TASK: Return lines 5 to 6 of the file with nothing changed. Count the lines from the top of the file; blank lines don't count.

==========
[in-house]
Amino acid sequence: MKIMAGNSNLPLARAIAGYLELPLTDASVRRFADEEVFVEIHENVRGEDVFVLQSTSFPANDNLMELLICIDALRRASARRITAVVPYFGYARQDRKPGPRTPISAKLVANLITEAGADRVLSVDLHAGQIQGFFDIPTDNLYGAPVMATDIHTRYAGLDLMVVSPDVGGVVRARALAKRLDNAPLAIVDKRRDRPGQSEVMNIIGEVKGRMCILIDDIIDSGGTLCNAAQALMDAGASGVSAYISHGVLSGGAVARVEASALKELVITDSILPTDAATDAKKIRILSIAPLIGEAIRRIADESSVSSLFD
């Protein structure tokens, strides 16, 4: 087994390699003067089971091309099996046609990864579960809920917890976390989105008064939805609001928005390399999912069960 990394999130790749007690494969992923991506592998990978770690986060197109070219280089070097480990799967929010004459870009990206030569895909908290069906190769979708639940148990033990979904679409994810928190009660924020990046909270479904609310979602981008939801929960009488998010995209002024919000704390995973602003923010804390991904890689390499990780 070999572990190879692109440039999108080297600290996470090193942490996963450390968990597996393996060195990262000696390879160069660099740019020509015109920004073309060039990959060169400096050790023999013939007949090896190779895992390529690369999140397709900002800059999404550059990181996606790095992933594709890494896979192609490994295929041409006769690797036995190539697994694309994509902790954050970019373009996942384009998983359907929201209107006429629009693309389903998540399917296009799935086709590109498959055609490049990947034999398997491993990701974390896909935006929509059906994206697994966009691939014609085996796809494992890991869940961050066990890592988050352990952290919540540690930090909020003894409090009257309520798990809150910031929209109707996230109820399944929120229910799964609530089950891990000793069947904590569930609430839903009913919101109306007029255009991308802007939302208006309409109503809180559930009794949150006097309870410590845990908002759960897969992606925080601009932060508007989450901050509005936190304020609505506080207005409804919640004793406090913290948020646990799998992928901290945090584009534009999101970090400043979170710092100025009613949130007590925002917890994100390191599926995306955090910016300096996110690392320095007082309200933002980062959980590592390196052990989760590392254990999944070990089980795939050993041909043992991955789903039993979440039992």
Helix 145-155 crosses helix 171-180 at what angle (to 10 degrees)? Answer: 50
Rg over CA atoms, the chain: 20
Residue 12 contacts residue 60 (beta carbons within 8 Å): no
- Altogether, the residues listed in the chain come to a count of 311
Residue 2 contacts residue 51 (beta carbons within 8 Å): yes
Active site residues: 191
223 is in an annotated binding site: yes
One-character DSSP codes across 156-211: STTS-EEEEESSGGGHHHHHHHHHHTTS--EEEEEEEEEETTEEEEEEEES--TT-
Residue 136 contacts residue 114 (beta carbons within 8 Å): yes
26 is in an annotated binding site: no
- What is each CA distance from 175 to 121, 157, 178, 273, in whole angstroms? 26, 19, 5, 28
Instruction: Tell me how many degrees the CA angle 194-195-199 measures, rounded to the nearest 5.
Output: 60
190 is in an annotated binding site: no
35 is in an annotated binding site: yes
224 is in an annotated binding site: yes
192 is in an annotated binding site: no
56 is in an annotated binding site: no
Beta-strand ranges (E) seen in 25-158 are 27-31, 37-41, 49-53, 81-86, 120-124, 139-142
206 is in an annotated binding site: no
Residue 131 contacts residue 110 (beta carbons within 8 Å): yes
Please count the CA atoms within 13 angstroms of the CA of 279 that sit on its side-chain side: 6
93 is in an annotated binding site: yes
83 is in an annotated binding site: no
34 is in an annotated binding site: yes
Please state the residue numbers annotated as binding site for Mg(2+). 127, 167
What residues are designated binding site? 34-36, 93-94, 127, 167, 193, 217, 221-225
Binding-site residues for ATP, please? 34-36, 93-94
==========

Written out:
Rg over CA atoms, the chain: 20
Residue 12 contacts residue 60 (beta carbons within 8 Å): no